The Wreck of the Kad’yak

Cannon from the Kadyak on the seafloor near Kodiak Island. Source: Archaeology Magazine.

Off Alaska’s Kodiak Island lie the remains of the Russian-American Company ship Kad’yak, which sank in 1860.  The wreck of this Barque was rediscovered in 2003, as this first-hand account documents.  (It is full of the usual intrigue between divers and dirters and is rich with interesting links about the discovery).  Almost immediately, an underwater archaeological research project was formed, participants included people from the Kodiak Maritime Museum, the Baranov Museum, the Alutiiq Museum, the State of Alaska Department of Natural Resources, NOAA National Marine Fisheries Service in Kodiak, and East Carolina University.  This was the first underwater archaeology project in Alaska, and it is ably documented by the Alaska Office of History and Archaeology.

Mapping the wreck of the Kad’yak. Source: NOAA

The oldest shipwreck discovered in the state, the Kad’yak holds a special place in native lore about Father Herman, a Russian-Orthodox missionary, who established an orphanage and chapel on Spruce Island. After his death in 1836, the church canonized this beloved priest. In 1860, the Kad’yak’s captain promised to pay homage to St. Herman at the Spruce Island chapel before setting sail for San Francisco, California, with a cargo of 350 tons of ice. He failed to keep that promise.

Shortly after sailing off, the ship struck a rock, briefly drifted, and sank before St. Herman’s shore-side chapel. When the ship sank, the mast and yard arm remained above the water, forming a cross that the native people believed to be a sign of divine retribution.

The OHA site is an interesting series of pages, including a small photo gallery, of the project, which must have been a challenging logistical exercise, considering the location and nature of the water.  Fittingly, as this is the only Russian America Company ship known, you can translate the site into Russian, page by page at least.  There is an overview of Alaska underwater archaeology here and a database of Alaska shipwrecks here.   NOAA and Archaeology Mag also have short articles on the Kad’yak, some of them with better pictures.

No lives were lost on the Kad’yak, which was laden with a cargo of 350 tons of ice bound for San Francisco.  None of the cargo has yet been recovered.

Divers explore the anchor of the Kad'yak. Source: AK OHA.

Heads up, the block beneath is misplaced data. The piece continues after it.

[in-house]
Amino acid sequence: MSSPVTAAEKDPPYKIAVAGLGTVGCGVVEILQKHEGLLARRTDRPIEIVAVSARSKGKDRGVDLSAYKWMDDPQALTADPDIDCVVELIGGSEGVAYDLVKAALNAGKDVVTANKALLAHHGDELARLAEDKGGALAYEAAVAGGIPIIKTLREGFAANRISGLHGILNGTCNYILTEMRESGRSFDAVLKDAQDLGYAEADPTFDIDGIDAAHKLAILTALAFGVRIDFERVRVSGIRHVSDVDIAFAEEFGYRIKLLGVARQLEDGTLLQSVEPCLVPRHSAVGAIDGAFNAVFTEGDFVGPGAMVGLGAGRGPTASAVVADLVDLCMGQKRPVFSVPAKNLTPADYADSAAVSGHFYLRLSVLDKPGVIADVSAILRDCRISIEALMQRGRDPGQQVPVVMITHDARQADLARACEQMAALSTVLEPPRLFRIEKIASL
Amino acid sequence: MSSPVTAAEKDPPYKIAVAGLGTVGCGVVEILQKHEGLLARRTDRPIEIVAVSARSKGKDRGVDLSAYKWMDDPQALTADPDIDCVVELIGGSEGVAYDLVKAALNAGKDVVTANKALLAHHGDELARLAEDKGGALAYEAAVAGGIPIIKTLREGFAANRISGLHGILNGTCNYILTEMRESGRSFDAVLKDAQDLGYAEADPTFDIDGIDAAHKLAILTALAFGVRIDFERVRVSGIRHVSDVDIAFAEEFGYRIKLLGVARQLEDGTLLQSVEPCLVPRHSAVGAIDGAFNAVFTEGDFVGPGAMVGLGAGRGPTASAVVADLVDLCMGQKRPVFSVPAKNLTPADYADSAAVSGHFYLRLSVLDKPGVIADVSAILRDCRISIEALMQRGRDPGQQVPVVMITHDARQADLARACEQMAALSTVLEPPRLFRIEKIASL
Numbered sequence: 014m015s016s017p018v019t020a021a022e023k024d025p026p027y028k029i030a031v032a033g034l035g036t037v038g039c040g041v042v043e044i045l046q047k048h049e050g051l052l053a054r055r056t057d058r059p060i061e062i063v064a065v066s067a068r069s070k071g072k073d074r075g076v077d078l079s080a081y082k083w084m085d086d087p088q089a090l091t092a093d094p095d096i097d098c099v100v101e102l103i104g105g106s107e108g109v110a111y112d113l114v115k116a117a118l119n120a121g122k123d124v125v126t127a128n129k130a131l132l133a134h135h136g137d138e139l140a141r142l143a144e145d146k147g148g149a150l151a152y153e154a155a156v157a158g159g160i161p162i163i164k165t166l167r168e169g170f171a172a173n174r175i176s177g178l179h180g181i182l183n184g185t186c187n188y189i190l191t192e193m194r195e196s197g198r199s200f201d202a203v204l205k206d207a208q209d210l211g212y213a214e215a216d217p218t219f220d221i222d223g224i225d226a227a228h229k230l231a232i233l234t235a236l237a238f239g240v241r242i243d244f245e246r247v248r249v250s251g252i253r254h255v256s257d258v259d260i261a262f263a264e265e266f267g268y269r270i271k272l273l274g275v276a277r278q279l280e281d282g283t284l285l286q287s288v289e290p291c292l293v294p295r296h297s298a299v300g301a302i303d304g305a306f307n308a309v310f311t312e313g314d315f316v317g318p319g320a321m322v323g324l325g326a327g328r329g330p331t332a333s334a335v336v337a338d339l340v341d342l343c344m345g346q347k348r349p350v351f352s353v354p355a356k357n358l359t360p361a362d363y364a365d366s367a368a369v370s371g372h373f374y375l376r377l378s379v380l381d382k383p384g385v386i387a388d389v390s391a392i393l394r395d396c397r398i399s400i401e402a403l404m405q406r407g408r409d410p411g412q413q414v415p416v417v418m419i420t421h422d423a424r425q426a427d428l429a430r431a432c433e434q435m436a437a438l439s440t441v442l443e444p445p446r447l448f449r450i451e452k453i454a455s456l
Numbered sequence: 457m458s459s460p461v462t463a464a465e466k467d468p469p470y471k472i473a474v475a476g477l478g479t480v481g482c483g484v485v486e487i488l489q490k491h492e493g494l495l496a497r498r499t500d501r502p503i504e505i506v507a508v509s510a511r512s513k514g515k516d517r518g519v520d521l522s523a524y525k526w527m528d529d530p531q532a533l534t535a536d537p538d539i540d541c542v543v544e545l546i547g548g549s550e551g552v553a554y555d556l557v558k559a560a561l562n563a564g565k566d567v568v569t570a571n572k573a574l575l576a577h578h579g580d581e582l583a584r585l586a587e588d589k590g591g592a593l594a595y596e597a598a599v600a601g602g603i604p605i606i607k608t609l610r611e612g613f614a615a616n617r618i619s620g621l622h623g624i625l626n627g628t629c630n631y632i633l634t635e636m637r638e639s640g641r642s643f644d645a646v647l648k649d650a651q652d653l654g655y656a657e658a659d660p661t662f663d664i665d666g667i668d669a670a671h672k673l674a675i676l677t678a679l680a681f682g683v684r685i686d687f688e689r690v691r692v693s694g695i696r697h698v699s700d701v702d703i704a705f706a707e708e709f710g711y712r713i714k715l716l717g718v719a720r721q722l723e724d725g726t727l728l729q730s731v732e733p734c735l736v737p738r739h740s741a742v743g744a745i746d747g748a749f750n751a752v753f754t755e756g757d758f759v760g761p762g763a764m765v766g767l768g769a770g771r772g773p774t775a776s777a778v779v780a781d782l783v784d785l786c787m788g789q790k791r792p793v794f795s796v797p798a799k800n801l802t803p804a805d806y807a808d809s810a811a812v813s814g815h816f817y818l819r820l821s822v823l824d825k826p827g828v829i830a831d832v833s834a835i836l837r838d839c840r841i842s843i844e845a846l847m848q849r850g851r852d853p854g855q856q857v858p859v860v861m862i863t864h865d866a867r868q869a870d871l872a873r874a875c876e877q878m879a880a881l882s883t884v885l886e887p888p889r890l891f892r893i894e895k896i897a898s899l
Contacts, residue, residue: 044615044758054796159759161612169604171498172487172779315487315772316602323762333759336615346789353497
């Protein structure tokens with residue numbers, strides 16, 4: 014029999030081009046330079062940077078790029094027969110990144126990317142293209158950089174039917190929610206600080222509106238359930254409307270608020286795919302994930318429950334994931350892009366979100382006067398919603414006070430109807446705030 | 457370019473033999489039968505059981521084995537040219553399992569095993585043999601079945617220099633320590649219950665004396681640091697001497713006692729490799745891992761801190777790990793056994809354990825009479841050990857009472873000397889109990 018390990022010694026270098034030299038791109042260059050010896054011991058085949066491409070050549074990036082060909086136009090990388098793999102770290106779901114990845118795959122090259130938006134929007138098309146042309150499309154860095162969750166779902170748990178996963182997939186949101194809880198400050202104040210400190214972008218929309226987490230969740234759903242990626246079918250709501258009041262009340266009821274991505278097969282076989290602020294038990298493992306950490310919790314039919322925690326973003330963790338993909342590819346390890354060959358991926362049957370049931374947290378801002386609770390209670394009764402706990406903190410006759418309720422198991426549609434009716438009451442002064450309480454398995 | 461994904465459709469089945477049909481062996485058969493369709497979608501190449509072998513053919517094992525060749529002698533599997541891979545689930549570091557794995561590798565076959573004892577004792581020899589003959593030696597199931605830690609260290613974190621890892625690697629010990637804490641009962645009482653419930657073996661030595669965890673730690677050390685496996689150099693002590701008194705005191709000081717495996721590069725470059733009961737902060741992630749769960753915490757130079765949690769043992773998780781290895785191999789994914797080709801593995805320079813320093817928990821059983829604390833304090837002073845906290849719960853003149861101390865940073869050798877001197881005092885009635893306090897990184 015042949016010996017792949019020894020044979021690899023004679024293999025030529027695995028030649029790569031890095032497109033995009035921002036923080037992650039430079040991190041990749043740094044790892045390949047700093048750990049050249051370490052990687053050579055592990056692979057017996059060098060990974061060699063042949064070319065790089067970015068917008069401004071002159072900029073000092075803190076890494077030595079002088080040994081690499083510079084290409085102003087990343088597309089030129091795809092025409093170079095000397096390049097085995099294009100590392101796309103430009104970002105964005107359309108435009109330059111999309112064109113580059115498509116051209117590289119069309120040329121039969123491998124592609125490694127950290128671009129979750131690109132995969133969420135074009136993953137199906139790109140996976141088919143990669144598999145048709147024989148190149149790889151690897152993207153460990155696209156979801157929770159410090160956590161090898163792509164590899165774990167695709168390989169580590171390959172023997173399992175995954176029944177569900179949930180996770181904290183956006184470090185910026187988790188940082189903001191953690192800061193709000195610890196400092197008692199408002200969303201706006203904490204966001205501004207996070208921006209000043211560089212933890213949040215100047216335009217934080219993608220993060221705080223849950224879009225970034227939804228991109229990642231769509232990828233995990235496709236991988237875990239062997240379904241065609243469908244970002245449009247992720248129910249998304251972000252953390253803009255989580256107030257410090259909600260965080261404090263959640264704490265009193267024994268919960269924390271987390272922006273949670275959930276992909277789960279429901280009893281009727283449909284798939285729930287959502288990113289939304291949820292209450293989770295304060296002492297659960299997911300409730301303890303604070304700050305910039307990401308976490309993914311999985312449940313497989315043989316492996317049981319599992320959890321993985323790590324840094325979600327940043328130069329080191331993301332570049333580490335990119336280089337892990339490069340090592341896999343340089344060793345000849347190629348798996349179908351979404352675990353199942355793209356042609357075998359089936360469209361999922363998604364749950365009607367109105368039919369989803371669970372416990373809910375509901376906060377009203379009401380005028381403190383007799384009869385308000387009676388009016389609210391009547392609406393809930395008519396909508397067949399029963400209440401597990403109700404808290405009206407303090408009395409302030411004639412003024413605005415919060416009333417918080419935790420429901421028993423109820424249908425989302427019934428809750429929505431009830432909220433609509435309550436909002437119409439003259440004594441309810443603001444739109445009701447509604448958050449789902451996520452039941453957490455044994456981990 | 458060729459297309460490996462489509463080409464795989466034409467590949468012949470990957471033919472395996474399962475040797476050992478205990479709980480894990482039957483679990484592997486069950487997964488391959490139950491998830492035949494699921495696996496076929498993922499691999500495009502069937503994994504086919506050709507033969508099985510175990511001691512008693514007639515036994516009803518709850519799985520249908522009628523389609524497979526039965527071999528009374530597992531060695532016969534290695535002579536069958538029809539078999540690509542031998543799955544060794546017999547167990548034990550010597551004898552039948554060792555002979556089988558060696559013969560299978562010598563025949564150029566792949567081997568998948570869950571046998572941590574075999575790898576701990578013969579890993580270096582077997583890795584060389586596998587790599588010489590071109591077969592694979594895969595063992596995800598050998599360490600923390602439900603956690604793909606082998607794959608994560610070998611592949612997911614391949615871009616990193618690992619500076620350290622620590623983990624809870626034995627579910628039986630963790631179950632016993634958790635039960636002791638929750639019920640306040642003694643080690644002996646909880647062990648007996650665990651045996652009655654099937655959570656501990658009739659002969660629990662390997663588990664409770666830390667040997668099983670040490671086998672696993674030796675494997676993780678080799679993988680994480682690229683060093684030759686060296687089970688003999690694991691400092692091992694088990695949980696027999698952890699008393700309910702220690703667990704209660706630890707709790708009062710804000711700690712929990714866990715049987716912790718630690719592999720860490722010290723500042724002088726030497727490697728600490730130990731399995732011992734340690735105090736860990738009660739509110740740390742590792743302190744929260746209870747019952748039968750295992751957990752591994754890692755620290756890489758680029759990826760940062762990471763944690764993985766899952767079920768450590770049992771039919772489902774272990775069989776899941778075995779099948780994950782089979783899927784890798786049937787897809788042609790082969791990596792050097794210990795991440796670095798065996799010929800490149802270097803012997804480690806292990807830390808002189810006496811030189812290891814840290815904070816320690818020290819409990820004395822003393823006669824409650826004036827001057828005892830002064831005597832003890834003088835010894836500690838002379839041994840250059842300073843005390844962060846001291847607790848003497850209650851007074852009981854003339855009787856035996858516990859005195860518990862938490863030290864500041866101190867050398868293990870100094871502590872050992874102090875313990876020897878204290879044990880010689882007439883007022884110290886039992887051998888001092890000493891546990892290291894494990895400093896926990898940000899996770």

Artifact and feature plan of the Kad'yak wreck. Source: NOAA

The OHA site also led me to another shipwreck I had never heard of before, though with less justification: the loss of the coastal passenger steamer Princess Sophia on October 26th, 1918, near Juneau.  Horrifyingly, the wreck hung on to the reef 36 hours  in a howling wind with rescue vessels in attendance, before going down with all hands lost: some 343 souls, the worst maritime disaster in the History of Alaska and British Columbia.  One dog survived.  The events are recounted in an unusually well-written and  illustrated wikipedia article, and in this lively blog post. Considering that the Titanic loss was about 1500 souls relative to all of Europe and North America, to think that in a remote corner of the world a regional passenger boat sank with the loss of 343 is a remarkably serious tragedy.  I suspect the proximity of the loss so close to the end of World War I has dimmed the memories from the beginning.

Princess Sophia aground on Vanderbilt Reef near Juneau, AK. Source: Wikipedia

One response to “The Wreck of the Kad’yak

  1. James Mitchener’s “Alaska” had an aweful chapter on the Princess Sophia. The crew and passengers could have been saved, but the insurance company or owners refused because it would give salvage rights to whoever helped. I think the US maritime laws were changed as a result.

    The cannon looks like the “Nitinat carronade” I recorded as a site (a heritage object would have been better). It armed Tsuquadah, the village a few km north of Nitinat Narrows, when that village provided many of the warriors for the defense of the area. Later, it was moved to Whyac by canoe; a matching cannon was apparently lost on the bar coming in to the Narrows. It was functional for a while then was only fired for fun once in a while. It was moved to a small shelter outside the school at Balachadt (Ditidaht village). I looked for it a while ago and it wasn’t there, I wonder where its latest place is? It was very rusty and I believe I figured out it was a four-pounder or six-pounder; a pretty light cannon, but still enough to deter all but large warships.

    [This info all from various Ditidaht elders I talked to from the 1970s to 1990s. Might be some from the placenames book ‘Port to Port’ book as well.)


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